From an LWT documentation I got an impression that the library always tried try to do as much work as possible. Essentially scheduling only happens when things block. As on Linux reading from a file never blocks, I assumed that when processing a large file I would need to add explicit Lwt.pause calls between reads from the file. This is to ensure progress of other promises. However, a test revealed that this is not the case. For example, consider the following code:
let test_file_read path = Lwt.( let read_fd fd = let buffer_size = 4096 in let buffer = Bytes.create buffer_size in let rec read_chunks sum = Lwt_unix.read fd buffer 0 buffer_size >>= fun nread -> if nread == 0 then return sum else read_chunks (sum +. (float_of_int nread)) in read_chunks 0.0 >>= (fun total -> Printf.sprintf "Total read: %.3f MB" (total /. (1024.0 *. 1024.0)) |> Lwt_io.printl ) in Lwt_unix.(openfile path [ O_RDONLY; O_NONBLOCK; O_CLOEXEC ] 0) >>= fun fd -> finalize (fun () -> read_fd fd) (fun () -> Lwt_unix.close fd) ) let timer n = Lwt.( let rec tick n () = if n <= 0 then return_unit else Lwt_io.printl (string_of_int n) >>= fun() -> Lwt_unix.sleep 10.0 >>= (tick (n - 10)) in tick n () )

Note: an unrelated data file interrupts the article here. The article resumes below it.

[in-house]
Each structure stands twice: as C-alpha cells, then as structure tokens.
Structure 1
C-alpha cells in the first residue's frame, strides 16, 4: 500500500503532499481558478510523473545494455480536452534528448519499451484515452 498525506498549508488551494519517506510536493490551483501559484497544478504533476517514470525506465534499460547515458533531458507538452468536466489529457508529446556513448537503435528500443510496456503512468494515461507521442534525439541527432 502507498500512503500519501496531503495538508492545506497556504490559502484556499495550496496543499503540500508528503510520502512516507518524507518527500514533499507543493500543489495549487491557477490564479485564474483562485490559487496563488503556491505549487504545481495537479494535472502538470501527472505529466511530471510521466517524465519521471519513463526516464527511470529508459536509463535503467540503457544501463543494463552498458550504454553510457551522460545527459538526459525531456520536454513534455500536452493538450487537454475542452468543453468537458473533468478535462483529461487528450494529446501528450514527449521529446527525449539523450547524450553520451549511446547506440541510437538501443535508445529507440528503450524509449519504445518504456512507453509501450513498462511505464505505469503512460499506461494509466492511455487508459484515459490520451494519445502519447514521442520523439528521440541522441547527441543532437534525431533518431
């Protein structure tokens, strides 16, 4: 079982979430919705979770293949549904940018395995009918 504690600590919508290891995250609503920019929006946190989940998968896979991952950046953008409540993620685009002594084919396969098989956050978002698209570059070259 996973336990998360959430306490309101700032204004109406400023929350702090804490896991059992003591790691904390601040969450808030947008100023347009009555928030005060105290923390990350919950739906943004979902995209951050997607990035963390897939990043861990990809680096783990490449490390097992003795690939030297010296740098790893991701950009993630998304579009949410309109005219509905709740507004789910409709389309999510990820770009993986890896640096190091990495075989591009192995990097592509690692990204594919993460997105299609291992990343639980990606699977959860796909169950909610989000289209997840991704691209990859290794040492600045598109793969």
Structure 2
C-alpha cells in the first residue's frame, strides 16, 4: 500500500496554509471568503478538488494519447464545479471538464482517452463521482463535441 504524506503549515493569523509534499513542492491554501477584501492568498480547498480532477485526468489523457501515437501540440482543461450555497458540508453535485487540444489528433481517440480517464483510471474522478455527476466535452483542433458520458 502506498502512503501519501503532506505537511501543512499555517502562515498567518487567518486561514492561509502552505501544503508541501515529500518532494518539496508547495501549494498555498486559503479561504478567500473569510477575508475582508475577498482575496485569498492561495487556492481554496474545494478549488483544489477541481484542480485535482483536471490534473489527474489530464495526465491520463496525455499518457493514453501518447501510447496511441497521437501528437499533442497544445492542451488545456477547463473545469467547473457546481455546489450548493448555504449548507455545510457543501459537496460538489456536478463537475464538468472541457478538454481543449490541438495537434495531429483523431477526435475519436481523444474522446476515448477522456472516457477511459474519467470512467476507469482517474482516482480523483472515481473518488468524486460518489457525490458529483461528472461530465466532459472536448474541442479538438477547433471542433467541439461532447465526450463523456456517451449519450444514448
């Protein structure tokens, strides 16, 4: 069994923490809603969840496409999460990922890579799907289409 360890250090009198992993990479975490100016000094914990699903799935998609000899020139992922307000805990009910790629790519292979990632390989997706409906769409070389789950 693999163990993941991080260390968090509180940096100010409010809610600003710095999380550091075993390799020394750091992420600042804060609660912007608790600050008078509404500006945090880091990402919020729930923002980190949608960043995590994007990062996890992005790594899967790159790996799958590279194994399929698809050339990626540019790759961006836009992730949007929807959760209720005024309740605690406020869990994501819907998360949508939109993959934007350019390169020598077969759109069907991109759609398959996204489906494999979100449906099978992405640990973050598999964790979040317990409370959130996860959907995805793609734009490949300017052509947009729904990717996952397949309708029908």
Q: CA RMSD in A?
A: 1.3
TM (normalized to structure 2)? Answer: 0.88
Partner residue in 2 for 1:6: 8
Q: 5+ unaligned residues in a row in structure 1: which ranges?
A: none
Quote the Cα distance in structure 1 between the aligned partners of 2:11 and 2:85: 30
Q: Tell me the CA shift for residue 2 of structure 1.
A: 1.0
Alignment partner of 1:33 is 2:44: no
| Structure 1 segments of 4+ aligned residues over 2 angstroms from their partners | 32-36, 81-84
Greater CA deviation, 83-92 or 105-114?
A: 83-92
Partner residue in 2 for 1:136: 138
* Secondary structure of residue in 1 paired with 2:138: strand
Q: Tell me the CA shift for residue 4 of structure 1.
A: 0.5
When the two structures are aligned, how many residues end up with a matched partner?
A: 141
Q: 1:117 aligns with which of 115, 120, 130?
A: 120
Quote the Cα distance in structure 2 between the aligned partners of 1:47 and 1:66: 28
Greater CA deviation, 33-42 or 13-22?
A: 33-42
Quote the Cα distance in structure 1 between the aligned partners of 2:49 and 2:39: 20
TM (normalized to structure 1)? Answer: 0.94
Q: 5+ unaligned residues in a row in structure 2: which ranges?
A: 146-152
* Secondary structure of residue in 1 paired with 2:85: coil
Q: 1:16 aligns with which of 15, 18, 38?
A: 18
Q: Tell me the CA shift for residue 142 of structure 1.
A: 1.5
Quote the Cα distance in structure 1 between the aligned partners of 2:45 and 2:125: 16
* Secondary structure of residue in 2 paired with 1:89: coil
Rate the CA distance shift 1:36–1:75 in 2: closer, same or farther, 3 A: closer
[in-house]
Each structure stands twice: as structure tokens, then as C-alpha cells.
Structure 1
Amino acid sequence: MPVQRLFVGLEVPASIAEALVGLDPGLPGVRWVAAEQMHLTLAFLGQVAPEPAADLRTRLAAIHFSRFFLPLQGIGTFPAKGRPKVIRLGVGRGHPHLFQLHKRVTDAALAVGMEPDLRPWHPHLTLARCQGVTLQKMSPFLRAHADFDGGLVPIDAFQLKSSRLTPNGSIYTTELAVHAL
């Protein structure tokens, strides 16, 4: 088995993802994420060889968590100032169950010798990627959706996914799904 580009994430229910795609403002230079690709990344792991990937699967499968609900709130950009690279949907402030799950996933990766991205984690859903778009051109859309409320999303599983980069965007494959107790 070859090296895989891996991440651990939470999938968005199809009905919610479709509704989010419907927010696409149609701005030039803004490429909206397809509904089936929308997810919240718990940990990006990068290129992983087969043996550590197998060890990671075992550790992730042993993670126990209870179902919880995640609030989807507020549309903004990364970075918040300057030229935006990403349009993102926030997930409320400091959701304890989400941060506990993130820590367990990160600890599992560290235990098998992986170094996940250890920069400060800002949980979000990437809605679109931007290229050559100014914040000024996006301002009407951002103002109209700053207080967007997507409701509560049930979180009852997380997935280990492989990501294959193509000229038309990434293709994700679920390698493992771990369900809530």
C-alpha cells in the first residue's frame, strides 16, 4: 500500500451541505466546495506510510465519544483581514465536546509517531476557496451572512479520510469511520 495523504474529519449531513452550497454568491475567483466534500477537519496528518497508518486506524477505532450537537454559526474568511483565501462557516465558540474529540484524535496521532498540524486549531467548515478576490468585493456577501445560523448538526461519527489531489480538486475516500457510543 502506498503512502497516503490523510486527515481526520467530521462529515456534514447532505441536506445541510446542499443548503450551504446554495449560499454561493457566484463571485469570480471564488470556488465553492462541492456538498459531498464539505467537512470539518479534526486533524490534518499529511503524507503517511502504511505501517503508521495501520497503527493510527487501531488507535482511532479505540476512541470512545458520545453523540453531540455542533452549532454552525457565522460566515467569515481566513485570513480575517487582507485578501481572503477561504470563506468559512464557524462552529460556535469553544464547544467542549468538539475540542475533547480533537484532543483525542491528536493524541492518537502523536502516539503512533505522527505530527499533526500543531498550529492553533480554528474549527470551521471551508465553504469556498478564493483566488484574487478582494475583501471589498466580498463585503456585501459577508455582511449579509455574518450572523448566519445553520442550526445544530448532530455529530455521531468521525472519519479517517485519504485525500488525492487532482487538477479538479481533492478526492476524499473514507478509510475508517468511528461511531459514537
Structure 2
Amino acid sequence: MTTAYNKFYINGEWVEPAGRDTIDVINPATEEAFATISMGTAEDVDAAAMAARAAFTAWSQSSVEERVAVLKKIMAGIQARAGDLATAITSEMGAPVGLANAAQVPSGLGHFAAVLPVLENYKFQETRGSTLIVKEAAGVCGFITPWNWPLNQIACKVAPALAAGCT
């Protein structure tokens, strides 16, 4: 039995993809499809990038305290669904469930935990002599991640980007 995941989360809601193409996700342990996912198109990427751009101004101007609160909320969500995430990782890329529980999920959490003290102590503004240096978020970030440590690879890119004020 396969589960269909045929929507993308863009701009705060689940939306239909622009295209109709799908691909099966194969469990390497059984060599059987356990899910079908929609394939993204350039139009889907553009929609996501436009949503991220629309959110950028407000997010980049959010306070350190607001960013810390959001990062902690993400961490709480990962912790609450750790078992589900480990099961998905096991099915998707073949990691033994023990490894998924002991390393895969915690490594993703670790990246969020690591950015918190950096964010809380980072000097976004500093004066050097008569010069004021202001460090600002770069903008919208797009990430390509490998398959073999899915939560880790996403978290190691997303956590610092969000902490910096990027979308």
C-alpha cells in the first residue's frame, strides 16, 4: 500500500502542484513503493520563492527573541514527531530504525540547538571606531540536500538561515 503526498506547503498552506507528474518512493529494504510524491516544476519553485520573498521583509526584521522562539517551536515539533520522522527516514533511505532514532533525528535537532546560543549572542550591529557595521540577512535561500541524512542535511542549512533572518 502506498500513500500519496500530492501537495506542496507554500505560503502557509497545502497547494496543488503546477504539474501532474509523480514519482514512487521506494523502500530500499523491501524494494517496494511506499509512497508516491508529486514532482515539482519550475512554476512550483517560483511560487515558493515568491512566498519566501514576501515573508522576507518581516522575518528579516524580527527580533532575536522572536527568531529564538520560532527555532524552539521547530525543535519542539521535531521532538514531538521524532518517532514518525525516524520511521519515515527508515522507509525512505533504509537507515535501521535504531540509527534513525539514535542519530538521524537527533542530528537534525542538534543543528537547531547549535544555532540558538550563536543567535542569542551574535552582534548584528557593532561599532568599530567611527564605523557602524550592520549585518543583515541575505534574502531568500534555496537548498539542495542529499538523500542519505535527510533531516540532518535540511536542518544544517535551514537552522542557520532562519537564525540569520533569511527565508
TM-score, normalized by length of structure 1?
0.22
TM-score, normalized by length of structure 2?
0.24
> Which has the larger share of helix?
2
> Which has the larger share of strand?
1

test_file_read path read the file from the given path and prints the total number of bytes read when done.
timer function prints each 10 seconds a timer ticks until the timer expires.
My expectation was that when I run
Lwt.join [test_file_read "/var/tmp/zeros"; timer 60]
I would always see first a message about the number of read bytes and only then the timer and its ticks would show up. However in utop the output was:
utop # Lwt.join [test_file_read "/var/tmp/zeros"; timer 60];; 60 50 40 30 Total read: 11718.750 MB 20 10 - : unit = ()
So the file read code processing 11MB file and the timer did run in parallel without any efforts from my part. Why it is so?